Sunday, June 22, 2008

Touch-up Paint

Howdy folks. I am in San Francisco now and I will try to catch up on my posts and put the last 2-4 hours in on the Vespa and have it done. I have already gone in to First kick scooters to introduce myself to David and to discuss parts I need. I don't need much. Before I left Pennsylvania, I had the final touch-up work done to the scoot.Ralph at K & K painted my wife's SS180 and also handled the touch-up. Besides all the areas I identified for touch-up he told me he found about another 100-150 spots he did touch-up work to to ensure the bike looked awesome. For all areas that the paint was chipped he filled it with multiple layers of black epoxy and once it was flush, he used touch-up paint. Then he wet-sanded it with extremely fine paper/ I over tightened some hardware and caused the paint to flex too much and he bridged those areas.

Make sure when you pick up your bike from the painter that you bring an empty 35mm film canister and have them fill it up for you. It is air tight and you can keep paint in there for a very long time. Use tooth picks to create several tiny dots when doing touch-up work and use the layering technique. It may take 2-3 layers for your paint to be even where you did touch-up. Be patient and take your time.Regarding wax, I won't use it. My paint job is two-stage, meaning there is a clear coat on top; therefore, no water can get in and it's best to just use polish. Ralph uses Imperial Hand Glaze polish (pic above) and said a bottle like this will last me for life. I can use it as often as I like and heck, painters can even paint over it as opposed to wax, which much be thoroughly stripped off before any paint is applied.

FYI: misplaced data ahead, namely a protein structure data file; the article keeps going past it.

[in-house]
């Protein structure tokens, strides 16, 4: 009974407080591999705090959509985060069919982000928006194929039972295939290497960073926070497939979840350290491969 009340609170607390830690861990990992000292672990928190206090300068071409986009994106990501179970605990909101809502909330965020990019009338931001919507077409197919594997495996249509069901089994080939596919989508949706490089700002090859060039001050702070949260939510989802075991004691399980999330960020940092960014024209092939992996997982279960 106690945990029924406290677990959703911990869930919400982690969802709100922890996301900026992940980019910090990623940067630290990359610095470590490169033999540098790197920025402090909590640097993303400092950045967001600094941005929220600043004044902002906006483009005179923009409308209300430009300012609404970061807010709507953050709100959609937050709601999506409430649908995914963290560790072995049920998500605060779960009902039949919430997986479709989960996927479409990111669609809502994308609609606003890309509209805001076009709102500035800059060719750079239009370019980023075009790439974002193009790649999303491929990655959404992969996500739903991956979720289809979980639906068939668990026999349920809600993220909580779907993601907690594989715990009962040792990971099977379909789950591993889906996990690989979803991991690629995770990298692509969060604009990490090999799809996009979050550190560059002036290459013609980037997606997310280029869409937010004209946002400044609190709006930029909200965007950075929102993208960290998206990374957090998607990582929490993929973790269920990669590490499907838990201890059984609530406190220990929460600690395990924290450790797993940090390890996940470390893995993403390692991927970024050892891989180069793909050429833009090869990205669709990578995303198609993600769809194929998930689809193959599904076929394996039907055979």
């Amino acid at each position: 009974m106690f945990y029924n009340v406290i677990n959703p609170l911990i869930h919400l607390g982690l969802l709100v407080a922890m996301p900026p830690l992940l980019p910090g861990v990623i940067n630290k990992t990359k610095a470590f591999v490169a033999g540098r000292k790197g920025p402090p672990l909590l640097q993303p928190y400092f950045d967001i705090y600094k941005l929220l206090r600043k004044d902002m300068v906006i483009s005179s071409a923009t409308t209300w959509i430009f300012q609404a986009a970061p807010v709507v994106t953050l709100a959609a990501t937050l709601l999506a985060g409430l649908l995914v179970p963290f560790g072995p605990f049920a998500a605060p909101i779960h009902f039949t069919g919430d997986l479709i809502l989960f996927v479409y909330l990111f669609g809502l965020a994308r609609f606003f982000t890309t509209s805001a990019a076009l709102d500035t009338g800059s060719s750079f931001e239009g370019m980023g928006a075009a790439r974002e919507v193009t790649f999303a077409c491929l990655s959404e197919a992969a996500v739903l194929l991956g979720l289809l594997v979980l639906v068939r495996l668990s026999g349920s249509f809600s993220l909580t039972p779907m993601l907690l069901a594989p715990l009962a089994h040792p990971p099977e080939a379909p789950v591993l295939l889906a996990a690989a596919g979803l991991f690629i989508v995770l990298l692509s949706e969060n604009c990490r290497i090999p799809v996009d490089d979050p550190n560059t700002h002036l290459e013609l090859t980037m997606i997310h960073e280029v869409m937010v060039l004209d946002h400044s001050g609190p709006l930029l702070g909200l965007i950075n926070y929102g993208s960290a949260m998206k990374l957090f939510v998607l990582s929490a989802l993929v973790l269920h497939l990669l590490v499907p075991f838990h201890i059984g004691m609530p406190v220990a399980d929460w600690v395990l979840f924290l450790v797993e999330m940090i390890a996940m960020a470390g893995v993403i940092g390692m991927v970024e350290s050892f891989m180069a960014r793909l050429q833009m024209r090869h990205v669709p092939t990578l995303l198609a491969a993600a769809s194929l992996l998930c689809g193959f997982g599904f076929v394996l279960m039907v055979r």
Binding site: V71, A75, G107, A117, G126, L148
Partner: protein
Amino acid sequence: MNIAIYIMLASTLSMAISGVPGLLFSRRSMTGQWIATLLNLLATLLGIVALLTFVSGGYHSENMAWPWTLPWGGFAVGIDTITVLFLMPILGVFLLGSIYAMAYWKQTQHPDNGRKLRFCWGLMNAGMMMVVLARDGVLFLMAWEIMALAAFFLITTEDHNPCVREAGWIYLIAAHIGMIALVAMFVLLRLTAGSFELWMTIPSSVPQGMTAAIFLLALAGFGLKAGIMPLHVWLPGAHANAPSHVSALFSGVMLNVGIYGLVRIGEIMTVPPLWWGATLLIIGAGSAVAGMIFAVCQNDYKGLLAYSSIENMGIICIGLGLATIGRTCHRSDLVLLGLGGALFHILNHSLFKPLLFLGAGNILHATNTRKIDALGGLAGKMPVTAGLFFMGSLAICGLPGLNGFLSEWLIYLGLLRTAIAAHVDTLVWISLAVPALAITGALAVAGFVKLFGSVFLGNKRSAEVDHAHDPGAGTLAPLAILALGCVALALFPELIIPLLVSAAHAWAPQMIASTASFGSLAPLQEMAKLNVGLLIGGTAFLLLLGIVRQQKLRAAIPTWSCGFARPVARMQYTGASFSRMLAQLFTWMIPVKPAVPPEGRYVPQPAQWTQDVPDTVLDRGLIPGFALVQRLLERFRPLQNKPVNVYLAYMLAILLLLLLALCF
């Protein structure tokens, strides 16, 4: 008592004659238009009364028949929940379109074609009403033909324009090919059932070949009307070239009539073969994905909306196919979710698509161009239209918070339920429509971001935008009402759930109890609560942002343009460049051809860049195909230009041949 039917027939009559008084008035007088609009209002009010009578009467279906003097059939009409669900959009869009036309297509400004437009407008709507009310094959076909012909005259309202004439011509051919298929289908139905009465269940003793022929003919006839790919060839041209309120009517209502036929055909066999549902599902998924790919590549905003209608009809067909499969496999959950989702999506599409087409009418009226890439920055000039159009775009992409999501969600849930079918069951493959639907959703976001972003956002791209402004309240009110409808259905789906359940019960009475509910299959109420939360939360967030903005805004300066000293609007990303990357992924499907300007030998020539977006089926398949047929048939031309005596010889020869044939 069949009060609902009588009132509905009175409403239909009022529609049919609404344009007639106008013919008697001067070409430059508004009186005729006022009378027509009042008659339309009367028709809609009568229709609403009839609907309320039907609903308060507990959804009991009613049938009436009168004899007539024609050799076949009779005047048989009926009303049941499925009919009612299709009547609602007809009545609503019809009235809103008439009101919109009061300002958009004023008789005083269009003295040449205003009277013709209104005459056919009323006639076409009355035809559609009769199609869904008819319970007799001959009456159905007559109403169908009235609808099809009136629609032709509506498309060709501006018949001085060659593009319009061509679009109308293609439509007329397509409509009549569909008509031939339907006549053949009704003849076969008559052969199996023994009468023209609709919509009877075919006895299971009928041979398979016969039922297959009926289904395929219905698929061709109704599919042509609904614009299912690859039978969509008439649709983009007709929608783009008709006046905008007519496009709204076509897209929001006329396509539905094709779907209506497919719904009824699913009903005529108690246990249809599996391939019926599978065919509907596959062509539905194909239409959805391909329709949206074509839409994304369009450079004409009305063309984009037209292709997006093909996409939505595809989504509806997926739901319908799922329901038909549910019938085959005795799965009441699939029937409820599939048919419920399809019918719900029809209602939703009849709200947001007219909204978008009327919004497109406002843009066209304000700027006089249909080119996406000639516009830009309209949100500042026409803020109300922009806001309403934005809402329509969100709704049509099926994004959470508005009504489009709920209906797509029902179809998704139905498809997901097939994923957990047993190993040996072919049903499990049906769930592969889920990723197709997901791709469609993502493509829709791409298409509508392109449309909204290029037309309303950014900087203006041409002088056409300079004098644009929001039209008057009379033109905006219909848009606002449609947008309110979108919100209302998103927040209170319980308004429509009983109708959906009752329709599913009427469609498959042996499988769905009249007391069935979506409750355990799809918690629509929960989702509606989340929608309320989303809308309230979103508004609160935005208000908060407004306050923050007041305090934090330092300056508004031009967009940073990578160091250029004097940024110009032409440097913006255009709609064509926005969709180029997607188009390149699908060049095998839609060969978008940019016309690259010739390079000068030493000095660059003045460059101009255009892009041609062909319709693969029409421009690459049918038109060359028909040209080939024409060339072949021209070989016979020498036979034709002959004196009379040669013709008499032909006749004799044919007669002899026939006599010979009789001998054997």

Note: yup the Vespa dripped tranny oil out the breather. I emptied the excess oil and no more leak.